The policy process behind the adaptation of Urban Agriculture policy in Cape Town and Johannesburg : Academic activists and NGO´s as policy actors

University essay from Linnéuniversitetet/Institutionen för samhällsstudier (SS)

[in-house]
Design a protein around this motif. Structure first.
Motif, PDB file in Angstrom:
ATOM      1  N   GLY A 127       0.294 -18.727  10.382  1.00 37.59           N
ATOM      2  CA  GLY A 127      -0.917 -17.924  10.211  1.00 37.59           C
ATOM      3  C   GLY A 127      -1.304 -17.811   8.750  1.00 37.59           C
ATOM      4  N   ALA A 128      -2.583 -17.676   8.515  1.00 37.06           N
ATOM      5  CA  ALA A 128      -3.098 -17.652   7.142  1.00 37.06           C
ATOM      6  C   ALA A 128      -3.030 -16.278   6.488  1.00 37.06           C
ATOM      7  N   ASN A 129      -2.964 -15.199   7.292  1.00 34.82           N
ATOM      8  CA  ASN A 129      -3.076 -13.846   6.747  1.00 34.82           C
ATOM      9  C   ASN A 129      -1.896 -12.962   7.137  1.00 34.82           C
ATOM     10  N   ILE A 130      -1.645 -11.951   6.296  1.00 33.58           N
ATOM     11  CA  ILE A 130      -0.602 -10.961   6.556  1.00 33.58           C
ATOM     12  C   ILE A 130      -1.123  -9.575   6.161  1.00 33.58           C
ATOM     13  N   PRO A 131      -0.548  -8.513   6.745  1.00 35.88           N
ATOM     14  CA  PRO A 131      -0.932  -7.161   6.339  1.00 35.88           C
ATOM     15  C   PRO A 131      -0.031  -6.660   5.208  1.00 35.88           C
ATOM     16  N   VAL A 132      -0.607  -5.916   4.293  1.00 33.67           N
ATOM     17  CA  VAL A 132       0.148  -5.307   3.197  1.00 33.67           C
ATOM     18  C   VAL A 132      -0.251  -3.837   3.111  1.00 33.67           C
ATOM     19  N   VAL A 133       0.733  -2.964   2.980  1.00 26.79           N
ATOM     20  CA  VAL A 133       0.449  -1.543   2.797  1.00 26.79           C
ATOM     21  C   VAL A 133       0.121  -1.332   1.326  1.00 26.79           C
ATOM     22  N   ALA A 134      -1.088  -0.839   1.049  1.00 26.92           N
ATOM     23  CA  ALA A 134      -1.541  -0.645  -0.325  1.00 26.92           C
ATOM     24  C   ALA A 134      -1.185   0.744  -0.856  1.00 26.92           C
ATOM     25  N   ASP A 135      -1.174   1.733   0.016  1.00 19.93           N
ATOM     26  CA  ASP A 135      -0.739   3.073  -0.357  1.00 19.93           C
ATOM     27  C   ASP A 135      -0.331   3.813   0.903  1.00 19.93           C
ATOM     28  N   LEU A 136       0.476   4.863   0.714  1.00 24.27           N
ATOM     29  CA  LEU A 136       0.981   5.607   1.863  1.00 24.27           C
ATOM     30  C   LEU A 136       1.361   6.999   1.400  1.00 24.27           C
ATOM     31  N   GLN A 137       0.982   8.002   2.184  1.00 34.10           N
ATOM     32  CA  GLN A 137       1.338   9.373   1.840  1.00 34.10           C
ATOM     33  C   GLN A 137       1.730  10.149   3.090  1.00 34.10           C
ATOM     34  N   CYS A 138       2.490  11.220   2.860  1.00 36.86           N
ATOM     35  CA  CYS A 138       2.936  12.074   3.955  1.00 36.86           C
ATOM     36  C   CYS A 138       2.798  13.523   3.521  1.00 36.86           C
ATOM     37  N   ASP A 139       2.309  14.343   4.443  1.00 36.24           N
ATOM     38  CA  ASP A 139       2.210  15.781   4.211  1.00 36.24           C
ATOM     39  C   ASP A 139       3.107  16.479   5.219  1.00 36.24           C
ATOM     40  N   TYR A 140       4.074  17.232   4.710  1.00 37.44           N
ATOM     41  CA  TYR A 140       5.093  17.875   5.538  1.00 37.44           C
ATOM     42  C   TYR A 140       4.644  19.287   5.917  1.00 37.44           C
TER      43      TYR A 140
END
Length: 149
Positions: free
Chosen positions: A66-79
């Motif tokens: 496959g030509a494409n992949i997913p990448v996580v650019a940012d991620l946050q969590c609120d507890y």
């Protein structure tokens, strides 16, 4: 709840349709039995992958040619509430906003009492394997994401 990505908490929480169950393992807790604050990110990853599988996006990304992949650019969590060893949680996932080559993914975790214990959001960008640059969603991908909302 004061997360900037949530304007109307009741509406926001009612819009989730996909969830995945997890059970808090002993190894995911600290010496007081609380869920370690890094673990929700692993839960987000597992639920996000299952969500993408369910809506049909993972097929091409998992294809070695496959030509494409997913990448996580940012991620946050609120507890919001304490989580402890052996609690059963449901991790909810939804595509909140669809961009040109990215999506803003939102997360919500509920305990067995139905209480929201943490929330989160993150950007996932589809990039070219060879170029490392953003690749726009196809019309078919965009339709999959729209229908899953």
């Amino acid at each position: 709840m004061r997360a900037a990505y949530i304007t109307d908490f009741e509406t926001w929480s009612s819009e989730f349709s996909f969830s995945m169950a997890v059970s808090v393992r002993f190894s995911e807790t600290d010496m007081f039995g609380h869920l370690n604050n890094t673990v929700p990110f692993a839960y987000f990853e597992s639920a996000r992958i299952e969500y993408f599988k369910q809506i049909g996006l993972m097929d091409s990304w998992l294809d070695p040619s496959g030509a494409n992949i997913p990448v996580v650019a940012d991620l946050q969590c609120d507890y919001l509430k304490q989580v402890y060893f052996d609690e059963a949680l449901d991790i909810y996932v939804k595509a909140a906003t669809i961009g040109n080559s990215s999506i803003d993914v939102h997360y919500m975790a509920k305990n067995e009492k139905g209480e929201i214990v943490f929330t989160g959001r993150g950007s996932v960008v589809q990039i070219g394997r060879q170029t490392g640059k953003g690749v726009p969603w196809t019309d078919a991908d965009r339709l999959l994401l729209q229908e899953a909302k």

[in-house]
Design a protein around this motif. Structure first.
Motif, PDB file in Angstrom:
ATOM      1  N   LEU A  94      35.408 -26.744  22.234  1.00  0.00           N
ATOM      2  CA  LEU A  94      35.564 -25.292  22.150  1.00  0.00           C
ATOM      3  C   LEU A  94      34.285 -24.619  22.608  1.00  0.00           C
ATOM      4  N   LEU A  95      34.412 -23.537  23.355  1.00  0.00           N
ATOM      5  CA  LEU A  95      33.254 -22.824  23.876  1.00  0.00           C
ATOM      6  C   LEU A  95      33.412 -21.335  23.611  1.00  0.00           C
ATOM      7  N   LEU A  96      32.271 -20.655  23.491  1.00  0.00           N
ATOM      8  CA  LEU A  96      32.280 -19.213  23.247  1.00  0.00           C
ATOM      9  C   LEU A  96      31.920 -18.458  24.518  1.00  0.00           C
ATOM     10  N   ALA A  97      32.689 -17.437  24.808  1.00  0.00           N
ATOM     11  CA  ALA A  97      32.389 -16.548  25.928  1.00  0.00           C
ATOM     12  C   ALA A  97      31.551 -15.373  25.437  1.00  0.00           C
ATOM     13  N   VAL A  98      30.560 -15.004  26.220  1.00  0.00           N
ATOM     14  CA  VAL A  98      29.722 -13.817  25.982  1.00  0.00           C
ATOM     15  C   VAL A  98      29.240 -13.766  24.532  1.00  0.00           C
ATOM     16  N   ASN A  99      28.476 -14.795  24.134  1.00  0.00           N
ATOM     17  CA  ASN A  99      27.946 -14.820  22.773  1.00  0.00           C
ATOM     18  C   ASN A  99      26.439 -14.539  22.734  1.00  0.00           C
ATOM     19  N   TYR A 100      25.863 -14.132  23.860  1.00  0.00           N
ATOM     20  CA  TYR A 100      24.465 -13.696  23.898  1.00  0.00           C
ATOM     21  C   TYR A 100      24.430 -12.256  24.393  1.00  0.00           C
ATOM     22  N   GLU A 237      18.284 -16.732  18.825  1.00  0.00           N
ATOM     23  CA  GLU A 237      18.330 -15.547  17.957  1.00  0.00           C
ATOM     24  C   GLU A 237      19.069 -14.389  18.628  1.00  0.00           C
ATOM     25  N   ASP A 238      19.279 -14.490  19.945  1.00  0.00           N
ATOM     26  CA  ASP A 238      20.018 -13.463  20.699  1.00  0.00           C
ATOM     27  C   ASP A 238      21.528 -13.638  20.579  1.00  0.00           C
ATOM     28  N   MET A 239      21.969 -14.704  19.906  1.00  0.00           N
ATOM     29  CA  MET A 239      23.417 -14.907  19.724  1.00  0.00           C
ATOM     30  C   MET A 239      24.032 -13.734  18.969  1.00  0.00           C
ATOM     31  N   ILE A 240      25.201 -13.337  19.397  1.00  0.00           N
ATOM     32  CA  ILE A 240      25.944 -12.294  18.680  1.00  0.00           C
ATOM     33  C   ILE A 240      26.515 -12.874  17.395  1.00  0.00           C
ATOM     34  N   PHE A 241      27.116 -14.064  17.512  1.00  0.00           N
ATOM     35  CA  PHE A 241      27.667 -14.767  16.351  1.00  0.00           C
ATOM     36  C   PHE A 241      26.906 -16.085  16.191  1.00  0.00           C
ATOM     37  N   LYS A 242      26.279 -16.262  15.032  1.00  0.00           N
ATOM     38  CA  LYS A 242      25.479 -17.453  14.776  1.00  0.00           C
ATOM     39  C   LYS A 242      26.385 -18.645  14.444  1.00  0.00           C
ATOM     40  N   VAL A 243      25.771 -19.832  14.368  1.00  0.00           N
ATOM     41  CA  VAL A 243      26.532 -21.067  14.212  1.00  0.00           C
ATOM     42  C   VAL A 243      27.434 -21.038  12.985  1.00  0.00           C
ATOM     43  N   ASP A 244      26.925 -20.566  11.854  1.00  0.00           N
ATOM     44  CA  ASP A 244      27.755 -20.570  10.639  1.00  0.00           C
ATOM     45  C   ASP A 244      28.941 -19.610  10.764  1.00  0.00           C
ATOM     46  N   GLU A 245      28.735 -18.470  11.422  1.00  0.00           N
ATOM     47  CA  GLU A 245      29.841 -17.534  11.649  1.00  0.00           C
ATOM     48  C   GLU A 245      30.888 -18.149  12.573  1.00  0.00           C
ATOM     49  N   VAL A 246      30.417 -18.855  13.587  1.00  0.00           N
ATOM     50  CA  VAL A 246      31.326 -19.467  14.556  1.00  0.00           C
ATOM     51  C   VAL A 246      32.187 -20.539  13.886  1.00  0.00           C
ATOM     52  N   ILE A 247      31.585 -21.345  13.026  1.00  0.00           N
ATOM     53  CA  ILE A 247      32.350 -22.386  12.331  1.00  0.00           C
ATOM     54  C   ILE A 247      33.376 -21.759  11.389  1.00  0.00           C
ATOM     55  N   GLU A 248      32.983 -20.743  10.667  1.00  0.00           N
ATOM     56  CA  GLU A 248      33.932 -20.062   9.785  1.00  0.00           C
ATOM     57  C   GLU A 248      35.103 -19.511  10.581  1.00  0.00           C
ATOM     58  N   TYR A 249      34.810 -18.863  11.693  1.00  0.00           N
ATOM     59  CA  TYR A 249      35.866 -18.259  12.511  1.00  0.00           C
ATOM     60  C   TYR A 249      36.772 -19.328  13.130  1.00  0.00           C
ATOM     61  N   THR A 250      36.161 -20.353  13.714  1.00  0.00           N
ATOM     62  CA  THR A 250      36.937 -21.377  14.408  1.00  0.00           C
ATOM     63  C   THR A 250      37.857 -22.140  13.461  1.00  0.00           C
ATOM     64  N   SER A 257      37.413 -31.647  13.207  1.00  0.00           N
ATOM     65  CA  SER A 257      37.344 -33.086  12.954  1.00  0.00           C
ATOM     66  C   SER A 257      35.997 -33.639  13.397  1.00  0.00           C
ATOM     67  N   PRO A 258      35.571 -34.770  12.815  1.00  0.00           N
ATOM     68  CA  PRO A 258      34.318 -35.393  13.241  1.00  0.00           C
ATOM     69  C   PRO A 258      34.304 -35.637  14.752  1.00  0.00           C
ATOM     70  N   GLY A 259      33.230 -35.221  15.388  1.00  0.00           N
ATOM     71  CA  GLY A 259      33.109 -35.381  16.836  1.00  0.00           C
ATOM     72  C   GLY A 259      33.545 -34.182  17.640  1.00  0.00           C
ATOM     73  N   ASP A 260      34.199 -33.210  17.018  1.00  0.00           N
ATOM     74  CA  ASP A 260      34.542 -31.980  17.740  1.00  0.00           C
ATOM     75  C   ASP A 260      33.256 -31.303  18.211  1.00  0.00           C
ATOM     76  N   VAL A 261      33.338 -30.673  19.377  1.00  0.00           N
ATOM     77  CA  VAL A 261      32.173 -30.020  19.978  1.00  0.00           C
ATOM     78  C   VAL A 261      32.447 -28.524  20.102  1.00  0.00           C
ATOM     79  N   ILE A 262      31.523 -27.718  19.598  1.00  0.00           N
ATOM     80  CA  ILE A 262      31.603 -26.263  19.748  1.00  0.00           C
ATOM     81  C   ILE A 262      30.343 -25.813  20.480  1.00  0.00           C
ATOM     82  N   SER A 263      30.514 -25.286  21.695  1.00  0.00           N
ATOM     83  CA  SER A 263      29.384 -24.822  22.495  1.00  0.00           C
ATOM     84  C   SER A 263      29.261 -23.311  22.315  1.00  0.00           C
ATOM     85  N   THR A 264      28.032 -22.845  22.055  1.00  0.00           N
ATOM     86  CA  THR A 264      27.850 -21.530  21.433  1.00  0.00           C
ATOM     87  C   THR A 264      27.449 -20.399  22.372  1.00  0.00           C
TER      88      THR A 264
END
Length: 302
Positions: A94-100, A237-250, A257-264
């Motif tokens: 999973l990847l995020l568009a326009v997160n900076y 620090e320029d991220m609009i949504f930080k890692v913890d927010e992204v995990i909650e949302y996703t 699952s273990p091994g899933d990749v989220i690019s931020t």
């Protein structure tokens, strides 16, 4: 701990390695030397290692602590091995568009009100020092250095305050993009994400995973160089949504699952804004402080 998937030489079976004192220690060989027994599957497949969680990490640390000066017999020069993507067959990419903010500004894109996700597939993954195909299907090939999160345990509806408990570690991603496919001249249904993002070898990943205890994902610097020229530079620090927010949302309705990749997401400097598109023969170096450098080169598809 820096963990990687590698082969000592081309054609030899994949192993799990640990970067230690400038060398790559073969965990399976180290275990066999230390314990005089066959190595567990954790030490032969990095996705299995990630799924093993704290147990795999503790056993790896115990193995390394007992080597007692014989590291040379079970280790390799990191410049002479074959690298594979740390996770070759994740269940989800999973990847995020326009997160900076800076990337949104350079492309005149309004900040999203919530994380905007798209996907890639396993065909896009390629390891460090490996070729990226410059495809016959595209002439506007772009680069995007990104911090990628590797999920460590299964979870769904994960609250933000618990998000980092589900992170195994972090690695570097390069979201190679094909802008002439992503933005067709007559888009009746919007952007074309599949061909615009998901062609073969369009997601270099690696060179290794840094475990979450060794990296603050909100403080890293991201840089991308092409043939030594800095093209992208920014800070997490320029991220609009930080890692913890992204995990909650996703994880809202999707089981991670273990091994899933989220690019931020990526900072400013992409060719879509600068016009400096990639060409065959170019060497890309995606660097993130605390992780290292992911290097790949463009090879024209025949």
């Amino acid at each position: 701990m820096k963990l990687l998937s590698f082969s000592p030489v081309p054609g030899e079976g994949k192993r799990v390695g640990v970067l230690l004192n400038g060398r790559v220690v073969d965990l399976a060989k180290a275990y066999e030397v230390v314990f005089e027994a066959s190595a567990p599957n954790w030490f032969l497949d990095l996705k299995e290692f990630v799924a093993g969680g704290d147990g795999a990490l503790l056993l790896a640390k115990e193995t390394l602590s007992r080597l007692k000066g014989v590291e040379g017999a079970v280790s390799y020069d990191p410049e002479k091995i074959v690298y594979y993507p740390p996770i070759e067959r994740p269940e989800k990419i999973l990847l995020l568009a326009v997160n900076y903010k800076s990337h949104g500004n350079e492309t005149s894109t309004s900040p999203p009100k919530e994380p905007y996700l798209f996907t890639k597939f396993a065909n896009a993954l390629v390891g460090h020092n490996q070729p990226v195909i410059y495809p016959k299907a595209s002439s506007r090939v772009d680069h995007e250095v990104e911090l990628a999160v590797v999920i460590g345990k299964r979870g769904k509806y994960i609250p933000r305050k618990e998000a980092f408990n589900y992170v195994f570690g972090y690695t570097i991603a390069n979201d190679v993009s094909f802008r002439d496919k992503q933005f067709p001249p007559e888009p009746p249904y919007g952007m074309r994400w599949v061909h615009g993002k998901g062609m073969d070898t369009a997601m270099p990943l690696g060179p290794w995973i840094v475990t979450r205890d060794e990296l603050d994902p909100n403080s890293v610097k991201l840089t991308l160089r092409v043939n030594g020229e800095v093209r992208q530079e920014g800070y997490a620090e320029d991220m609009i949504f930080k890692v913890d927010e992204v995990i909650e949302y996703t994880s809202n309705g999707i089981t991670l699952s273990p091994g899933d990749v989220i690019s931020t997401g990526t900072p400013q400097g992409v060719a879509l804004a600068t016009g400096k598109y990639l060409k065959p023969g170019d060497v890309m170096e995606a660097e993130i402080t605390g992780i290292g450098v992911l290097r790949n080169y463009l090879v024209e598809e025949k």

Abstract: South Africa, also known as the ´Rainbow nation´, is one of the wealthiest countries on the African continent counted in terms of GDP. After the 1994 election, it became a functioning democracy with universal suffrage. At the same time the country is still struggling with the legacy of Apartheid in terms of poverty, inequality and food insecurity amongst other things. Access to food and water are rights enshrined within the South African Bill of Rights within the South African Constitution (Section 27 1 (b)). However, around 14 million or 34 percent of South Africans are thought to be food insecure (De Klerk et al:2004). To improve livelihoods and fight poverty, planning and intervention is needed, and urban agriculture has shown to have many positive impacts such as food security and improved nutrition intake and policy can play a vital role (Dubbeling et al 2010:6). There have been many initiatives to meet the challenges faced in South Africa, and this thesis has looked at one – the promotion of urban agriculture. Urban Agriculture can be defined as “the growing of food and plants and the raising of animals for food and other uses within and around cities and towns and related activities...” (van Veenhuizen 2006:2). This study has explored in depth the policy process behind the adaptation of Urban Agriculture policy in Cape Town and Johannesburg, which were adopted in 2007 and 2014.  The purpose of this exploration was to understand the policy process and the role of activist academics and civil society in shaping a progressive policy agenda. This study has therefore applied a Policy Advocacy Coalition Framework to the policy process behind the adaptation of urban agriculture policy in Cape Town and Johannesburg.  The approach uses a qualitative approach through text analysis to understand these policies and the process behind the adaptation, supplemented by correspondence with some of the key actors identified.  Through the lens of Sabatier’s Policy Advocacy Coalition Framework, this study shows how NGOs and academic actors has played an important role in the policy formulation of an urban agriculture policy in Cape Town and Johannesburg. In terms of implementation, the role of these non-state actors has had a clear impact on the process in Cape Town, but there is yet limited evidence in the case of Johannesburg since the policy is only just being implemented. 

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